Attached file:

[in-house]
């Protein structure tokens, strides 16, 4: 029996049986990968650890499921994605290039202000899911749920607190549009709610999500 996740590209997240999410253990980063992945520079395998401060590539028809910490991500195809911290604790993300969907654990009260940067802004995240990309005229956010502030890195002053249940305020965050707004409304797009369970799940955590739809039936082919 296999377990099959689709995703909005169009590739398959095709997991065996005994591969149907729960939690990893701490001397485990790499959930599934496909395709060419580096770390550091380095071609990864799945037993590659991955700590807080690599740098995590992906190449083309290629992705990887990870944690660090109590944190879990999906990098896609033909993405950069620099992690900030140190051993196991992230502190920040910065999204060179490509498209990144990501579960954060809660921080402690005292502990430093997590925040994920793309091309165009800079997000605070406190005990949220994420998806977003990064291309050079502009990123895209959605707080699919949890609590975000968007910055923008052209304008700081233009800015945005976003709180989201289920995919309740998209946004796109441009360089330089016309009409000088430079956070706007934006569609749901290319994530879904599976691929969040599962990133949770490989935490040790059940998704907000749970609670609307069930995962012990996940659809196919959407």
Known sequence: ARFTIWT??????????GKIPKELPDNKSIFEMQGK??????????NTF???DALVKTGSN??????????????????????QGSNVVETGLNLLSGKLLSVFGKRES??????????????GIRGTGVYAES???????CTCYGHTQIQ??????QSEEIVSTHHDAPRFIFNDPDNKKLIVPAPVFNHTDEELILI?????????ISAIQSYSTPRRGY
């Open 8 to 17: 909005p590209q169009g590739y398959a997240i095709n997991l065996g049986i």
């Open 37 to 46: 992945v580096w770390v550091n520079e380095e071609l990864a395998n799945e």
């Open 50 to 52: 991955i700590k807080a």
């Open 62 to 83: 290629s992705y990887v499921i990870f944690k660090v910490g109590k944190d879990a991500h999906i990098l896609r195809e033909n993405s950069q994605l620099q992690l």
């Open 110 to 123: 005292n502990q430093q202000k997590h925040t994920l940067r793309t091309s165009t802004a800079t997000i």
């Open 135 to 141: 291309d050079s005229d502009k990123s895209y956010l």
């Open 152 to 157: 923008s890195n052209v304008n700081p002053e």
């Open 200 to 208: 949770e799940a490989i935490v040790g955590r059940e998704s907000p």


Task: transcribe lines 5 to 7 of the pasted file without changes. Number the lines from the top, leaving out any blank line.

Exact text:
């Open 37 to 46: 992945v580096w770390v550091n520079e380095e071609l990864a395998n799945e």
């Open 50 to 52: 991955i700590k807080a």
């Open 62 to 83: 290629s992705y990887v499921i990870f944690k660090v910490g109590k944190d879990a991500h999906i990098l896609r195809e033909n993405s950069q994605l620099q992690l």